The purpose of this contract is to select suitable long term expertise in Intellectual Property (2 long-term experts with experience in the EU and knowledge of the Chinese IP system), Stakeholders' management (1 long-term expert with experience in working with the main local project's partners) and Support staff (2 long-term experts fluent in Chinese and able to communicate in English) that, from Beijing, will complement the EUIPO team in charge of implementing the project. The scope of the contract is limited to the provision of long-term expertise, other costs (e.g. for setting up the office and implementing the activites) are excluded.
The IP Key China Action is co-funded by the European Commission and implemented by the European Union Intellectual Property Office.
The implementation period of the project is 36 months starting, according to currently available information, in September 2022. However, it is to be noted that, some of the expertise sought might be requested to contribute to closure activities (up to 3 months after the end of the project's implementation period), if this is the case the contracting authority will inform the selected contractor in writing during the last year of implementation.
Rationale and expected results.
EU trade relations with China are both particularly important, the country being among the top three international partners for trade in goods with the EU in 2020, and complex, with a multitude of issues EU stakeholders face in China. China’s economy is not only developing at a quite significant pace but still has to find the right balance between the state and the market.
At international level, its historical protectionist attitude that remains relevant in some rapidly developing strategic sectors, coupled with the unparalleled scale of its internal market, could represent a problem for EU industries’ competitiveness in the near future. It is therefore a crucial moment to promote and support the China’s integration into (and respect of) the international economic legal system, especially in the field of intellectual property rights that are key assets in sectors of importance now and that are likely to remain so in the future.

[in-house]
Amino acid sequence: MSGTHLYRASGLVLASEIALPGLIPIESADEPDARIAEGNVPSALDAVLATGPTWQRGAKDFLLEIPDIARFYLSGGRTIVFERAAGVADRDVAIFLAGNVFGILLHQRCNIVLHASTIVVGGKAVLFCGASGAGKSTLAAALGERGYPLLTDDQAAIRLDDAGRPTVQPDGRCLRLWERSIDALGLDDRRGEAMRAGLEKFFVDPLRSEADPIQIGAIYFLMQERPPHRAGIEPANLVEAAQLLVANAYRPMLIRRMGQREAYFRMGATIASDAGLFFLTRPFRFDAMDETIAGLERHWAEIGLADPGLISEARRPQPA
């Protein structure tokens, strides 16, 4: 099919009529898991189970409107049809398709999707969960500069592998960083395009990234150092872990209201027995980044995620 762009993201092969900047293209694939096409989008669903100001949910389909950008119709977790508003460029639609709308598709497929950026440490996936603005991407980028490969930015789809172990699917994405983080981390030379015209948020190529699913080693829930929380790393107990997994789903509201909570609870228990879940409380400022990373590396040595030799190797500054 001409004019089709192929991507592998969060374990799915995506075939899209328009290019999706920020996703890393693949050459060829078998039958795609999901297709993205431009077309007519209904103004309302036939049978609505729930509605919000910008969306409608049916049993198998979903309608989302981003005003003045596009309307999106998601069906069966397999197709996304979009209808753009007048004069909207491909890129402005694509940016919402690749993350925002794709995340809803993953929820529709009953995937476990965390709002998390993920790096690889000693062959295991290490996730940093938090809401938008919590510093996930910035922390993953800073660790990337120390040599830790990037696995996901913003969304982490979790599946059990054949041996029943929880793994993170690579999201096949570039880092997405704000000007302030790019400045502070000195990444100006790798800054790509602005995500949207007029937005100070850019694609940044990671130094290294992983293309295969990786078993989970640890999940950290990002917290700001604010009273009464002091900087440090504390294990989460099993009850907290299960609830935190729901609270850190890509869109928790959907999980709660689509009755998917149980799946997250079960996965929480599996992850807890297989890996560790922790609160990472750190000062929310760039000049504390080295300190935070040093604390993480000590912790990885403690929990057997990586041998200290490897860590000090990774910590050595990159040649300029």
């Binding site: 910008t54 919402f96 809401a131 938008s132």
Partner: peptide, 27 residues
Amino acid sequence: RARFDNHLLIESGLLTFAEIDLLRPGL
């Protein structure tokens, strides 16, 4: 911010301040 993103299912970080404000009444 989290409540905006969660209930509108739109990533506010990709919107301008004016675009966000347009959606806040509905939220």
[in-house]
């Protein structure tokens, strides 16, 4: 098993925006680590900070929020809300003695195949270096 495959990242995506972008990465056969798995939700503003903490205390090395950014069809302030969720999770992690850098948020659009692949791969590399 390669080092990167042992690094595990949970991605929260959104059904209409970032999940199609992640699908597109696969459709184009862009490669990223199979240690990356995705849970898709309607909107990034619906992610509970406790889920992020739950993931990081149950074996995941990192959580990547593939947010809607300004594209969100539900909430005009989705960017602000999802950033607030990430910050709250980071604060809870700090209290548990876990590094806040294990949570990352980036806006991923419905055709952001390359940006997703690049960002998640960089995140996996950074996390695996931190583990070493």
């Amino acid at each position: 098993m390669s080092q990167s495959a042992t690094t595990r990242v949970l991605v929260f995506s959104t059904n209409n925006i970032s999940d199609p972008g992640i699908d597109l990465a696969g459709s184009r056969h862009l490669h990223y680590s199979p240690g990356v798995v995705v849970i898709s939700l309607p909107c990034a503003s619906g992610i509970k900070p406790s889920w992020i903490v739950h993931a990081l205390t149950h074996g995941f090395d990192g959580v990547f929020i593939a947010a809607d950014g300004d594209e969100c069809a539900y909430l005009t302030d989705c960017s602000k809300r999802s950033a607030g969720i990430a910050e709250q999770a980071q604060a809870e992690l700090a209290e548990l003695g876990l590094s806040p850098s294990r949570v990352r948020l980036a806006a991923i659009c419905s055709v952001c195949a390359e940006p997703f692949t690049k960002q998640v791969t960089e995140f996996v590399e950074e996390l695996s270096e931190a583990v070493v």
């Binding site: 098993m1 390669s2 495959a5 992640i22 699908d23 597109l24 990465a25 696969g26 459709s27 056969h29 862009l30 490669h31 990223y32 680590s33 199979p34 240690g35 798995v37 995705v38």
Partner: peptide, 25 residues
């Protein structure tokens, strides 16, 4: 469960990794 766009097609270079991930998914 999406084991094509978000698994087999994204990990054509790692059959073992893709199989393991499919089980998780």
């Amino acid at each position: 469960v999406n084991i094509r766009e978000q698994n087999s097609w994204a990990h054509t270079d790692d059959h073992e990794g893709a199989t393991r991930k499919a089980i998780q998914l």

In the last couple of years, the country, with the view of furthering and consolidating its achievements, has updated and fine-tuned practically all applicable legislation to facilitate intellectual property registration, achieve institutional rationalisation, reinforce the protection of intellectual property rights and align with international treaties and best practices in the field. However, efforts in the definition of the regulatory and procedural framework necessary to constistently put the recent reforms in practice are still on-going.
Moreover, China remains the European Union's (EU) priority and focus of attention on IPR infringements. According to the Report on the EU customs enforcement of intellectual property rights, in 2019 China (including Hong Kong) was the country of provenance of as much as 80% of IPR infringing goods detained at the EU borders when considered by value. Additionally, it represented the source of 90% of the IPR infringing goods seized while entering the EU via the postal services (so-called small parcels).
Within this framework, the project's expected results are as follows:
1. Improved convergence of China towards EU and international standards in IPR protection and the development of best practices.
2. Better transparency and more fair implementation of the IPR protection and enforcement system in China, avoiding and discouraging any protectionist market access barriers through the misuse of IPR legislation
3. Increased political and public awareness of the importance of IPR protection, including through academia.